Public pressure improves environmental performance. The researchers found that public appeals to the regulator through social media reduced violations by more than 60%, and decreased air and water pollutant (SO2 and COD) concentrations by 12.2% and 3.7% relative to the control group, respectively. In contrast, even when using essentially the same content and wording as the public appeals, private appeals caused only modest improvements in the firms’ environmental performance. Researchers noted that emissions reductions were concentrated among plants that grossly exceeded the standard prior to the experiment, rather than those just above the standard, and the violations reductions were concentrated among plants that frequently exceeded the standard prior to the experiment.

Effect of citizen appeals on emission violations and emission concentrations



Social media visibility key to regulatory response. Researchers found that increasing the visibility of social media appeals about a violation by adding “likes” and “shares” to the Weibo post increased regulatory effort. Specifically, boosting visibility caused an increase in the probability of a regulator replying to the appeal by 40%, a doubling of the length of written replies to appeals, and the probability of an onsite investigation of a violating firm to jump by nearly 65%. Such findings suggest that increased regulatory effort following public appeals is an important source of the positive impact on firms’ environmental performance.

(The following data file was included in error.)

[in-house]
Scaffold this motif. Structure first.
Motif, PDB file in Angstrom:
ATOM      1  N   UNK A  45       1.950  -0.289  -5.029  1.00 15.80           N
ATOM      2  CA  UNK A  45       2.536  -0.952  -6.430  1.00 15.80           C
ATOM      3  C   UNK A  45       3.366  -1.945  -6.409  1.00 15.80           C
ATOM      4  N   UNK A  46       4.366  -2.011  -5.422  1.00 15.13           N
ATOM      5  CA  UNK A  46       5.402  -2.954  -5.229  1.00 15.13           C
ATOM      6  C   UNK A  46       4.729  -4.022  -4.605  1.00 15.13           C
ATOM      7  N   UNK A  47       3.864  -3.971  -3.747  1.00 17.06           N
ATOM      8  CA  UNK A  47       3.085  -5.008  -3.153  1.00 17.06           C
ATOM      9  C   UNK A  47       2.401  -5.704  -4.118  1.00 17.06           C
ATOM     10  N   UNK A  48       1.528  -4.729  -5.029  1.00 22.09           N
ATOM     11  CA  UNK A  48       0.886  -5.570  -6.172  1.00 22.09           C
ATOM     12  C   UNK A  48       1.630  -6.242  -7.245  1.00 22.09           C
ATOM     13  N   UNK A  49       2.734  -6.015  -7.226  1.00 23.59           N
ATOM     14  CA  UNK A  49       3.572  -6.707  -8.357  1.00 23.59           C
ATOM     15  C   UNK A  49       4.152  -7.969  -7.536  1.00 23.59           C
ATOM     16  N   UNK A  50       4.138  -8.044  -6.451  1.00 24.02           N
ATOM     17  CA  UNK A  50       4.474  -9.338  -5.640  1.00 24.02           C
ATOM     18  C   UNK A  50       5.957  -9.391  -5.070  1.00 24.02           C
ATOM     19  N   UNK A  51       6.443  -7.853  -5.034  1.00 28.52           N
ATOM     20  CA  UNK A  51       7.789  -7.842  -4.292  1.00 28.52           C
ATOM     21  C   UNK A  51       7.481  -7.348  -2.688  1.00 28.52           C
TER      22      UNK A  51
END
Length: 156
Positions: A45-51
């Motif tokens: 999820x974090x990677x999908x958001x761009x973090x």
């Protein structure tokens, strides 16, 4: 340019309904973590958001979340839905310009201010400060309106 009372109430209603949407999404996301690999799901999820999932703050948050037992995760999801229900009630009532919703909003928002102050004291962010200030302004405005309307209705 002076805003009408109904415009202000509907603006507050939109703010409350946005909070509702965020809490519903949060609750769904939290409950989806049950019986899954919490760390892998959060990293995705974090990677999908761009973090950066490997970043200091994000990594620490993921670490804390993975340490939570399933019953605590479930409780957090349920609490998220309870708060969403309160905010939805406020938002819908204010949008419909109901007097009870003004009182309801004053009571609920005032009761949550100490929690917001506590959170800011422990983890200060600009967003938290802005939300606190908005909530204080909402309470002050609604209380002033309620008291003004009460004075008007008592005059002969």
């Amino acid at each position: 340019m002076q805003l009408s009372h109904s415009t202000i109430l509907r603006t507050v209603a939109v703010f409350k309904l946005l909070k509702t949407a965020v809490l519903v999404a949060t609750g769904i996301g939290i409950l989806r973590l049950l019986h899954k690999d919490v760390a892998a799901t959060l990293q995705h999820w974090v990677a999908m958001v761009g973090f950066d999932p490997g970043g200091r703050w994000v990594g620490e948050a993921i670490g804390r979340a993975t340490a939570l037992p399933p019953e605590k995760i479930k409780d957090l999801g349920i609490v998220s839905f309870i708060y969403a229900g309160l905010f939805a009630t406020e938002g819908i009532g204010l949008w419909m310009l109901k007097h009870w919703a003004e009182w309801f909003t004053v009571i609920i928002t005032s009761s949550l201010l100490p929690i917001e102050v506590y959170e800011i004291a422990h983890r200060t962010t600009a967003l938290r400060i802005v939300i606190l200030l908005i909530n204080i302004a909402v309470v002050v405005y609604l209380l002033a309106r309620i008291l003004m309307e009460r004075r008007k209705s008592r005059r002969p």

Public participation generates positive indirect impact. While researchers established a direct link between citizen participation and lower emission output, it is possible that indirect impacts could reduce or even completely undo any direct impacts of citizen participation. For example, if there exists a binding regulatory capacity constraint, appealing against the treatment firms might cause control firms to receive reduced regulatory oversight, leading to higher emissions from them. Alternatively, public participation in calling out violations could deter all firms from violating given a shared expectation of the costs of violating pollution standards.

Researchers found evidence of the latter: reductions among targeted plants were not undone by increased emissions from other plants, suggesting that public appeals also have a deterrent effect on untargeted firms.

Impact of public/private appeals on firm emissions violations 



Public participation meaningfully decreases pollution in China. This study provides evidence on the impacts of public pressure in environmental governance, underscoring the power of social media in facilitating citizen involvement in enforcing policies in China. Such findings suggest that social media provides strong signals of public demand for stringent enforcement, which in turn prompts regulators to recalibrate their approach to the tradeoffs involved with environmental regulation. Indeed, regulators seem to use participation to gauge the value of imposing costly regulations on firms, and particularly so when lax enforcement has the potential to generate publicity. Moreover, the failure to strictly enforce existing environmental policies is unlikely due to limited regulatory capacity, but instead largely driven by the lack of bottom-up pressure. Taken together, evidence suggests that when the public gets more involved in China’s process of environmental governance, the regulatory relationship between government and polluting firms is reshaped and that the result is increased governmental effort and lower pollution emissions by firms.